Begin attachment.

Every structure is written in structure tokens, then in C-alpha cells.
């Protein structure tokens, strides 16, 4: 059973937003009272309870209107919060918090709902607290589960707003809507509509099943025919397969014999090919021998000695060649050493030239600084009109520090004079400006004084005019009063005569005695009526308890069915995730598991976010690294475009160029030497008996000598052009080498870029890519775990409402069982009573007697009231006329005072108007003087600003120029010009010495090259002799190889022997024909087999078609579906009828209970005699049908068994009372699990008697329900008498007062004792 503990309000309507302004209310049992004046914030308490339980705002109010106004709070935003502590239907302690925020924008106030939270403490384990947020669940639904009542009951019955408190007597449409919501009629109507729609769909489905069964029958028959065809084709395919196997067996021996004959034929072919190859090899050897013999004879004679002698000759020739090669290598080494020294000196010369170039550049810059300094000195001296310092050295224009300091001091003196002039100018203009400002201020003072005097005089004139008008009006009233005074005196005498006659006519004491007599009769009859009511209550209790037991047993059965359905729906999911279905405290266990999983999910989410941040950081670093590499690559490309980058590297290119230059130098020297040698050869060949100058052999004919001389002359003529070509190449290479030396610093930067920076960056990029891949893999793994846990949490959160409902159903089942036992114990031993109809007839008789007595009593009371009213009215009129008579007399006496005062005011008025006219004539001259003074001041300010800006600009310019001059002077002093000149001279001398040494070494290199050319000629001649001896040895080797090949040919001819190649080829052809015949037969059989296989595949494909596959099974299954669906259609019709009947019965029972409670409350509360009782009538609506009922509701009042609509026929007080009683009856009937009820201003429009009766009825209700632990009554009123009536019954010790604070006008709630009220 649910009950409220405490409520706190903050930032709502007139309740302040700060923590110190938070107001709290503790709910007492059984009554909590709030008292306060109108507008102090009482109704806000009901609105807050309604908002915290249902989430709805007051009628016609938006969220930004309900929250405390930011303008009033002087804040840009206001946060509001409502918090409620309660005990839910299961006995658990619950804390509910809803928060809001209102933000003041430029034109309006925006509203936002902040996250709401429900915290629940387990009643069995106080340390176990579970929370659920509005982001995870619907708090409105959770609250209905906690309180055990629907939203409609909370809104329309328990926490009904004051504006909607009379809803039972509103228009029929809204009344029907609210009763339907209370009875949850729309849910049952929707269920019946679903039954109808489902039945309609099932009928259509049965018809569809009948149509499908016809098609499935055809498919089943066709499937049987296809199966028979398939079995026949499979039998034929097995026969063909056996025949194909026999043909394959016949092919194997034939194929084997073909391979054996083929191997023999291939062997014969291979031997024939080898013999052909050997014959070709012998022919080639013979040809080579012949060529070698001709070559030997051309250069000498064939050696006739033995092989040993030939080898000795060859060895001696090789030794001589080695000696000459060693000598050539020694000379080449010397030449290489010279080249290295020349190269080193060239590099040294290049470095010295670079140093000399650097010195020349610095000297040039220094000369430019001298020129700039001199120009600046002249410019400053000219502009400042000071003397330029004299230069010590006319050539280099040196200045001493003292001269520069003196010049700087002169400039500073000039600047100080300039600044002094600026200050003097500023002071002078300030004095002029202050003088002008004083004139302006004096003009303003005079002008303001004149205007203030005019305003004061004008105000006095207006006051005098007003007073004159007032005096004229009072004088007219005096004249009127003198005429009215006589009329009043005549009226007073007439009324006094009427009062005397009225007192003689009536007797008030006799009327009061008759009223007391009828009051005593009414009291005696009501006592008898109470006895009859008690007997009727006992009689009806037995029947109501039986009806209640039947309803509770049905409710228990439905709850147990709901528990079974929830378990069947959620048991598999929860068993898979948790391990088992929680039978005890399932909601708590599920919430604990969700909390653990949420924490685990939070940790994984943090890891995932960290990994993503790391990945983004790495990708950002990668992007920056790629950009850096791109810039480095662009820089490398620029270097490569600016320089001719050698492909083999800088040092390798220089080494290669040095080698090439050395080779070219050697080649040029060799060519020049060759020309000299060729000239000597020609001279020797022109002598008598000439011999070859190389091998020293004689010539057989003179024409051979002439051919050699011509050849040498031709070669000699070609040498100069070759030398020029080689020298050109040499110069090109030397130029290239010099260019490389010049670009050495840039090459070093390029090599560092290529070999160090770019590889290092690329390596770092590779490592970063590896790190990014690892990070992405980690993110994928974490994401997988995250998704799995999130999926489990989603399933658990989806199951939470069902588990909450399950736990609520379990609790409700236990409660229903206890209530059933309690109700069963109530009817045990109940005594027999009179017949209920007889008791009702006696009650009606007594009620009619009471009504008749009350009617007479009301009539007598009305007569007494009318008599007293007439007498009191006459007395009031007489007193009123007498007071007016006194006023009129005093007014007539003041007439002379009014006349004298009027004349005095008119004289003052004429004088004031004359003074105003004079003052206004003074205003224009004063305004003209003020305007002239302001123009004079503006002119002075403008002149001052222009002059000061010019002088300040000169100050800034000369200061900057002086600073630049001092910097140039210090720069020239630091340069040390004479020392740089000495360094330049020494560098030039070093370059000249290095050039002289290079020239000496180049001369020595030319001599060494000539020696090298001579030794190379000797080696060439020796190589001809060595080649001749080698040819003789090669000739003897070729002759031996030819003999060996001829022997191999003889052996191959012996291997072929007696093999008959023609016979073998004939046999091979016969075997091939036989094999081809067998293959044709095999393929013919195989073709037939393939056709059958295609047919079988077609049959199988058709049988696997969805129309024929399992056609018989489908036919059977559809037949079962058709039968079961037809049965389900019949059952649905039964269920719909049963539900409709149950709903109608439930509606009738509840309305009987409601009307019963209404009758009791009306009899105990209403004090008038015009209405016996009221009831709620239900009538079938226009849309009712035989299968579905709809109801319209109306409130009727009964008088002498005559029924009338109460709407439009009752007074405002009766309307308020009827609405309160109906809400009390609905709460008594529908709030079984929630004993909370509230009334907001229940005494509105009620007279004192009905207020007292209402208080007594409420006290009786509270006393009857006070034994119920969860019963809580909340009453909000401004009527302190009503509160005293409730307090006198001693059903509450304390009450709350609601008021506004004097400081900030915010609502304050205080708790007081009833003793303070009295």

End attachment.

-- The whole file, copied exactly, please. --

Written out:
Every structure is written in structure tokens, then in C-alpha cells.
């Protein structure tokens, strides 16, 4: 059973937003009272309870209107919060918090709902607290589960707003809507509509099943025919397969014999090919021998000695060649050493030239600084009109520090004079400006004084005019009063005569005695009526308890069915995730598991976010690294475009160029030497008996000598052009080498870029890519775990409402069982009573007697009231006329005072108007003087600003120029010009010495090259002799190889022997024909087999078609579906009828209970005699049908068994009372699990008697329900008498007062004792 503990309000309507302004209310049992004046914030308490339980705002109010106004709070935003502590239907302690925020924008106030939270403490384990947020669940639904009542009951019955408190007597449409919501009629109507729609769909489905069964029958028959065809084709395919196997067996021996004959034929072919190859090899050897013999004879004679002698000759020739090669290598080494020294000196010369170039550049810059300094000195001296310092050295224009300091001091003196002039100018203009400002201020003072005097005089004139008008009006009233005074005196005498006659006519004491007599009769009859009511209550209790037991047993059965359905729906999911279905405290266990999983999910989410941040950081670093590499690559490309980058590297290119230059130098020297040698050869060949100058052999004919001389002359003529070509190449290479030396610093930067920076960056990029891949893999793994846990949490959160409902159903089942036992114990031993109809007839008789007595009593009371009213009215009129008579007399006496005062005011008025006219004539001259003074001041300010800006600009310019001059002077002093000149001279001398040494070494290199050319000629001649001896040895080797090949040919001819190649080829052809015949037969059989296989595949494909596959099974299954669906259609019709009947019965029972409670409350509360009782009538609506009922509701009042609509026929007080009683009856009937009820201003429009009766009825209700632990009554009123009536019954010790604070006008709630009220 649910009950409220405490409520706190903050930032709502007139309740302040700060923590110190938070107001709290503790709910007492059984009554909590709030008292306060109108507008102090009482109704806000009901609105807050309604908002915290249902989430709805007051009628016609938006969220930004309900929250405390930011303008009033002087804040840009206001946060509001409502918090409620309660005990839910299961006995658990619950804390509910809803928060809001209102933000003041430029034109309006925006509203936002902040996250709401429900915290629940387990009643069995106080340390176990579970929370659920509005982001995870619907708090409105959770609250209905906690309180055990629907939203409609909370809104329309328990926490009904004051504006909607009379809803039972509103228009029929809204009344029907609210009763339907209370009875949850729309849910049952929707269920019946679903039954109808489902039945309609099932009928259509049965018809569809009948149509499908016809098609499935055809498919089943066709499937049987296809199966028979398939079995026949499979039998034929097995026969063909056996025949194909026999043909394959016949092919194997034939194929084997073909391979054996083929191997023999291939062997014969291979031997024939080898013999052909050997014959070709012998022919080639013979040809080579012949060529070698001709070559030997051309250069000498064939050696006739033995092989040993030939080898000795060859060895001696090789030794001589080695000696000459060693000598050539020694000379080449010397030449290489010279080249290295020349190269080193060239590099040294290049470095010295670079140093000399650097010195020349610095000297040039220094000369430019001298020129700039001199120009600046002249410019400053000219502009400042000071003397330029004299230069010590006319050539280099040196200045001493003292001269520069003196010049700087002169400039500073000039600047100080300039600044002094600026200050003097500023002071002078300030004095002029202050003088002008004083004139302006004096003009303003005079002008303001004149205007203030005019305003004061004008105000006095207006006051005098007003007073004159007032005096004229009072004088007219005096004249009127003198005429009215006589009329009043005549009226007073007439009324006094009427009062005397009225007192003689009536007797008030006799009327009061008759009223007391009828009051005593009414009291005696009501006592008898109470006895009859008690007997009727006992009689009806037995029947109501039986009806209640039947309803509770049905409710228990439905709850147990709901528990079974929830378990069947959620048991598999929860068993898979948790391990088992929680039978005890399932909601708590599920919430604990969700909390653990949420924490685990939070940790994984943090890891995932960290990994993503790391990945983004790495990708950002990668992007920056790629950009850096791109810039480095662009820089490398620029270097490569600016320089001719050698492909083999800088040092390798220089080494290669040095080698090439050395080779070219050697080649040029060799060519020049060759020309000299060729000239000597020609001279020797022109002598008598000439011999070859190389091998020293004689010539057989003179024409051979002439051919050699011509050849040498031709070669000699070609040498100069070759030398020029080689020298050109040499110069090109030397130029290239010099260019490389010049670009050495840039090459070093390029090599560092290529070999160090770019590889290092690329390596770092590779490592970063590896790190990014690892990070992405980690993110994928974490994401997988995250998704799995999130999926489990989603399933658990989806199951939470069902588990909450399950736990609520379990609790409700236990409660229903206890209530059933309690109700069963109530009817045990109940005594027999009179017949209920007889008791009702006696009650009606007594009620009619009471009504008749009350009617007479009301009539007598009305007569007494009318008599007293007439007498009191006459007395009031007489007193009123007498007071007016006194006023009129005093007014007539003041007439002379009014006349004298009027004349005095008119004289003052004429004088004031004359003074105003004079003052206004003074205003224009004063305004003209003020305007002239302001123009004079503006002119002075403008002149001052222009002059000061010019002088300040000169100050800034000369200061900057002086600073630049001092910097140039210090720069020239630091340069040390004479020392740089000495360094330049020494560098030039070093370059000249290095050039002289290079020239000496180049001369020595030319001599060494000539020696090298001579030794190379000797080696060439020796190589001809060595080649001749080698040819003789090669000739003897070729002759031996030819003999060996001829022997191999003889052996191959012996291997072929007696093999008959023609016979073998004939046999091979016969075997091939036989094999081809067998293959044709095999393929013919195989073709037939393939056709059958295609047919079988077609049959199988058709049988696997969805129309024929399992056609018989489908036919059977559809037949079962058709039968079961037809049965389900019949059952649905039964269920719909049963539900409709149950709903109608439930509606009738509840309305009987409601009307019963209404009758009791009306009899105990209403004090008038015009209405016996009221009831709620239900009538079938226009849309009712035989299968579905709809109801319209109306409130009727009964008088002498005559029924009338109460709407439009009752007074405002009766309307308020009827609405309160109906809400009390609905709460008594529908709030079984929630004993909370509230009334907001229940005494509105009620007279004192009905207020007292209402208080007594409420006290009786509270006393009857006070034994119920969860019963809580909340009453909000401004009527302190009503509160005293409730307090006198001693059903509450304390009450709350609601008021506004004097400081900030915010609502304050205080708790007081009833003793303070009295």